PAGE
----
Clock watching

I am amazed that so many younger people (do I call them Millennials?) no longer wear a watch! How do they survive I ask myself.  Perhaps they look at their phone, perhaps they don’t bother.  But I’m always looking at my wrist, what’s the time, how long till, how much time have I got left, how much longer?

Hall Clock

My hall clock

So I was intrigued to be invited last week to a private view of a new installation at the Tate Modern called ‘The Clock’ by Christian Marclay.  It opened to the public this weekend and it will be fascinating to see the reaction.  As I sat there in the auditorium I thought that this would be a perfect place to bring Lord Cut-Glass from Dylan Thomas’ play ‘Under Milk Wood’ whose constant refrain is ‘Tick-tock; tick-tock’.

Lord Cut-Glass, in his kitchen full of time … listens to the voices of his sixty-six clocks, one for each year of his loony age, and watches, with love, their black-and-white moony loudlipped faces tocking the earth away: slow clocks, quick clocks, pendulumed heart-knocks, china, alarm, grandfather, cuckoo; clocks shaped like Noah’s whirring Ark, clocks that bicker in marble ships, clocks in the wombs of glass women, hourglass chimers,
tu-wit-tu-woo clocks, clocks that pluck tunes, Vesuvius clocks all black bells and lava, Niagara clocks that cataract their ticks, old time-weeping clocks with ebony beards, clocks with no hands for ever drumming out time without ever knowing what time it is.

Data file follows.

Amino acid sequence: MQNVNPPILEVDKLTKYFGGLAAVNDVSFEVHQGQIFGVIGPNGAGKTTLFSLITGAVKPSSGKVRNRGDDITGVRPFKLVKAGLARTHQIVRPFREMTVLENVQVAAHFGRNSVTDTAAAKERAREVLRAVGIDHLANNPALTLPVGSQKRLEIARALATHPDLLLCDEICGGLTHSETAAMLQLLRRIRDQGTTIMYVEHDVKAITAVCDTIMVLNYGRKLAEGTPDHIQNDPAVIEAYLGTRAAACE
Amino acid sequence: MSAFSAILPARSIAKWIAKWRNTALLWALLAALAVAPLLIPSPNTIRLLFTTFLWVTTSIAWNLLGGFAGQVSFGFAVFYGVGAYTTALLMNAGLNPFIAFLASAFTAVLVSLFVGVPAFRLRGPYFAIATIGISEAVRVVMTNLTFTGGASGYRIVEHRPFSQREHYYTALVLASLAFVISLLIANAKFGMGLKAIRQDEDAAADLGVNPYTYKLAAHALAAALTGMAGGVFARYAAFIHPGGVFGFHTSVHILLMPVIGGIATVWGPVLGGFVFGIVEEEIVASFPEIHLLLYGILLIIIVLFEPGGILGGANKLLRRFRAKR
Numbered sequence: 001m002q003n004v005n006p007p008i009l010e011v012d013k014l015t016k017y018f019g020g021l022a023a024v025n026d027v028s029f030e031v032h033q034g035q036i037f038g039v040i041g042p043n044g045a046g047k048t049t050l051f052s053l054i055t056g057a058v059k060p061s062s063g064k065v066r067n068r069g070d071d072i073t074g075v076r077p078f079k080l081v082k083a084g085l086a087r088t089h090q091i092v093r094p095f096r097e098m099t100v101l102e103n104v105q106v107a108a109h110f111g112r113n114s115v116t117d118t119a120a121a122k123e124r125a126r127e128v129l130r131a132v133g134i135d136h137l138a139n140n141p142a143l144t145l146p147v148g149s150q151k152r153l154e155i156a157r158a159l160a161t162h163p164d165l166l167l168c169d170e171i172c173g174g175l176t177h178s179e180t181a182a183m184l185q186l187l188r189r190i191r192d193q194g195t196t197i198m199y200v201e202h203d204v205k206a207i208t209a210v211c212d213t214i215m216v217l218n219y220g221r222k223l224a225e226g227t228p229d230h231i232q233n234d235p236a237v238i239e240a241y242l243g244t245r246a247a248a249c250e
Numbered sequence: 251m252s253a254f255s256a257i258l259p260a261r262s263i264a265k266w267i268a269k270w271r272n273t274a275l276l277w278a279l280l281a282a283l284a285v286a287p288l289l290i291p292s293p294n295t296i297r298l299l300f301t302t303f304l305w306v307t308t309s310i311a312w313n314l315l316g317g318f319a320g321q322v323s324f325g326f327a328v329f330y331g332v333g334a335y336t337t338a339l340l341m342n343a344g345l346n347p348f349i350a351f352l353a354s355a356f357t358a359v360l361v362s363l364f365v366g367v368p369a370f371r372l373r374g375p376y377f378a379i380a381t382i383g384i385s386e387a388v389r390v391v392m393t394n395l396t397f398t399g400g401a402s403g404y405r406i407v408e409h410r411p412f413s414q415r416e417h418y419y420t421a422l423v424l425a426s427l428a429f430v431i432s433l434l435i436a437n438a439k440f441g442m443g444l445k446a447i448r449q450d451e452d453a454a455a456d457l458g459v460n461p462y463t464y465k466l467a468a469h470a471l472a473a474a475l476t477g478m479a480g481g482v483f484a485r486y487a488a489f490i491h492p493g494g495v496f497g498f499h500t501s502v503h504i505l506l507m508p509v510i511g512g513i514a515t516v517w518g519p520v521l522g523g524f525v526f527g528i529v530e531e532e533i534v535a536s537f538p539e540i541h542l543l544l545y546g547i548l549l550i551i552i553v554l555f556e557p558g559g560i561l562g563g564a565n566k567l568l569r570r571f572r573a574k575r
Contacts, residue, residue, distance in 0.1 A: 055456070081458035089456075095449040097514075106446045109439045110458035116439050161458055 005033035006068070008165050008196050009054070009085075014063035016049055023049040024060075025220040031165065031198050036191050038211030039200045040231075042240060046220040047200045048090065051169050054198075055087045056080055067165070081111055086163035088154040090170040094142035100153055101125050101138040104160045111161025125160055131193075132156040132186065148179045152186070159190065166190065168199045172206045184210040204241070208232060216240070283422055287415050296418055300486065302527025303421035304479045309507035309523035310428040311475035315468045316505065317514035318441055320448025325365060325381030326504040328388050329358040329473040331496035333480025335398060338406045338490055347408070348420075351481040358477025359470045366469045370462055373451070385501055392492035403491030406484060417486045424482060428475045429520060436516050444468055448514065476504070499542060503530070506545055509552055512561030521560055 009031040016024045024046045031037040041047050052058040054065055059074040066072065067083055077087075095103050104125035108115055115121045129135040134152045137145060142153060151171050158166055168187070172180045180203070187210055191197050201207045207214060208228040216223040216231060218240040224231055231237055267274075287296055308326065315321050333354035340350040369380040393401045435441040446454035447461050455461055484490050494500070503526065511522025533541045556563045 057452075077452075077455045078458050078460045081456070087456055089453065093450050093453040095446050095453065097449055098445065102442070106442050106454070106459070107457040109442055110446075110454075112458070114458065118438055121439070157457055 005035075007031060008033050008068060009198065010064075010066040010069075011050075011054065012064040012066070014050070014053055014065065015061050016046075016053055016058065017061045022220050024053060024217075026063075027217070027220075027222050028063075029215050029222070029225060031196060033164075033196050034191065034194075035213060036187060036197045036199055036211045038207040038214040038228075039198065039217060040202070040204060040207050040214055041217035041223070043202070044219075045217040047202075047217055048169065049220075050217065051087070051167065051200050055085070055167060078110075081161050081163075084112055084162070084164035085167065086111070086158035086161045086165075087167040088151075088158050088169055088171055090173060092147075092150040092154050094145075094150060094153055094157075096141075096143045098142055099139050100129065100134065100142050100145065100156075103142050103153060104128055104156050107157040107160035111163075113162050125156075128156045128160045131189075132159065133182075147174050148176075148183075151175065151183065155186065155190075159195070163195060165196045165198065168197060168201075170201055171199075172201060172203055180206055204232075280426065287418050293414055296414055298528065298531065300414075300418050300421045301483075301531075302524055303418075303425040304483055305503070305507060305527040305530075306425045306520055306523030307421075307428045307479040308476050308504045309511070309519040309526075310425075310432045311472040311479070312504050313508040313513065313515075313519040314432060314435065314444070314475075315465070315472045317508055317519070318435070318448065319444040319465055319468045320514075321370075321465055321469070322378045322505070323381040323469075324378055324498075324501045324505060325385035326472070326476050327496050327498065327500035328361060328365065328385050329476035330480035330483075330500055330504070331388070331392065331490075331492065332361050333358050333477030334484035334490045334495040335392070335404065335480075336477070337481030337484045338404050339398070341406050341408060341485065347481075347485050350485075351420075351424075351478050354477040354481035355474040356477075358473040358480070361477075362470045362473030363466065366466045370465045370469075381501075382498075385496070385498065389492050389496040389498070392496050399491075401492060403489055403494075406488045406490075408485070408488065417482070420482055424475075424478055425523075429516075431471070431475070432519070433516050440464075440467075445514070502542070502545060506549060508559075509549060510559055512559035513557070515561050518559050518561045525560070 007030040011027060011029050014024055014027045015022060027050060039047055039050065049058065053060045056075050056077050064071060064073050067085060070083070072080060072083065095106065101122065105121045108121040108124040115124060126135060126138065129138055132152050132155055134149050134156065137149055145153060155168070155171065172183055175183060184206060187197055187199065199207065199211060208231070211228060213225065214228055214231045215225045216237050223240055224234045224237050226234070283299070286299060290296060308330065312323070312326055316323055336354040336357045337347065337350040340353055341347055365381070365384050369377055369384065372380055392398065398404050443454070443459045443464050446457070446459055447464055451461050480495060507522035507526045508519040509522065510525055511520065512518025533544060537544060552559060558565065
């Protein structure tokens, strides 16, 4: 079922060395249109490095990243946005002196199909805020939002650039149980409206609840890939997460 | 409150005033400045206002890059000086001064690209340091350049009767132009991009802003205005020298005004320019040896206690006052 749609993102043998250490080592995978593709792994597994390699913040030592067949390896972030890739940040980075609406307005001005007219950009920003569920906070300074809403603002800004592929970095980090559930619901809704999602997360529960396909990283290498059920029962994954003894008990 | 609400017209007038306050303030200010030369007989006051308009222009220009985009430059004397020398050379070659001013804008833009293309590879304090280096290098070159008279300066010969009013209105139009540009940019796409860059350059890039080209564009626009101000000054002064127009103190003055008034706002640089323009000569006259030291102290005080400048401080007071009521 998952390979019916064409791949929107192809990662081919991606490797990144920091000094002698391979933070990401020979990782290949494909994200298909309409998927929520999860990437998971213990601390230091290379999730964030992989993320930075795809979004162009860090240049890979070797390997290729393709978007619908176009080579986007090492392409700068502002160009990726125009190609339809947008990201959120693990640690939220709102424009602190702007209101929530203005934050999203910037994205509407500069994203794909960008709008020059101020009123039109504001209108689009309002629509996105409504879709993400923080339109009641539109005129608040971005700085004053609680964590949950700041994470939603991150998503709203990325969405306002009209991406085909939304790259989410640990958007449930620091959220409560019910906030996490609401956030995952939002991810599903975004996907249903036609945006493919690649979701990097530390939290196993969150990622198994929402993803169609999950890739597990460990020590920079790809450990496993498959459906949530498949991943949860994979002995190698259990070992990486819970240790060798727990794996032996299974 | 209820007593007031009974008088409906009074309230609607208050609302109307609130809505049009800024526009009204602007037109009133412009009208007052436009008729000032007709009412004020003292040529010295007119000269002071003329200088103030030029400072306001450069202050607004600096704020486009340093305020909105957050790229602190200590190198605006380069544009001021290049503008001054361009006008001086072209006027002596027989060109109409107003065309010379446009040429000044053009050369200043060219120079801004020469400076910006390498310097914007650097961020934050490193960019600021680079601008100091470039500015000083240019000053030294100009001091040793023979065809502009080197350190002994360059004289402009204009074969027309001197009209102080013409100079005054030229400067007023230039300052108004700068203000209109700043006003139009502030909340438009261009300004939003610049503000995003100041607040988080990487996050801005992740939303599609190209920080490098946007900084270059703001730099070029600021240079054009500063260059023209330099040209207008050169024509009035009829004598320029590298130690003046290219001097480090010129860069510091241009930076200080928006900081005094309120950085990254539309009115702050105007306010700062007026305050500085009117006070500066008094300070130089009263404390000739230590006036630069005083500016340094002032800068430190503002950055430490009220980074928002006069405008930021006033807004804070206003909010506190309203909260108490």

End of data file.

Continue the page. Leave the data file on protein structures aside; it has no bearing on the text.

‘The Clock’ is brilliant – a 24 hour long filmed composed of clips from films, each clip showing a clock.  The clever thing is that the clock you see is exactly the right time for now, it is an installation in real time. So you get clips from every kind of film, some familiar, some not but each one with a clock somewhere showing 9.45, 9.46, 9.47, and so on as the minutes tick by.  You don’t need your watch as you sit there, clock watching, because the real time is always before you.

The Clock

I loved the cleverness and the simplicity and the fact that my life is so much clock-watching.  The Tate have a few 24 hour openings during the time that the installation is in place, so that, if you had the time and the will, you could sit there and watch the clock, all day.  And even if I couldn’t do that I would love to see what kind of films have a scene with a clock displaying the time 5.24am!

Students of New Testament Greek, learn that whilst there are four words for our one word ‘love’ there are two words for ‘time’ – kairos and chronos. Chronos is what you are watching when you sit in the Tate Modern glued to the clock.  It is sequential time, seconds, minutes, hours.  But kairos is the opportune time, the right time.  It was a kairos moment when a baby’s cry was heard from within a stable in Bethlehem. As St Paul says to the Galatians

But when the right time came, God sent his Son, born of a woman, subject to the law.‘ (Galatians 4.4)

But Paul here cleverly balances the right time with the use of the word chronos for time.  It wasn’t just the ‘fullness’ of time, as some translations have it, it was real, sequential time, measured time, into which Jesus enters.  Yet it remains at heart a kairos moment in chronos.

We kill time, we waste time, we lose time, we do all kinds of things to time, but God enters time and resets the clock.  If you are around London before the 20 January I encourage you to go and spend some time, watching the clock, in the experience of chronos there could be kairos.

Lord of time and of eternity,
bless the now moment of today
as you bless the forever moment of tomorrow.

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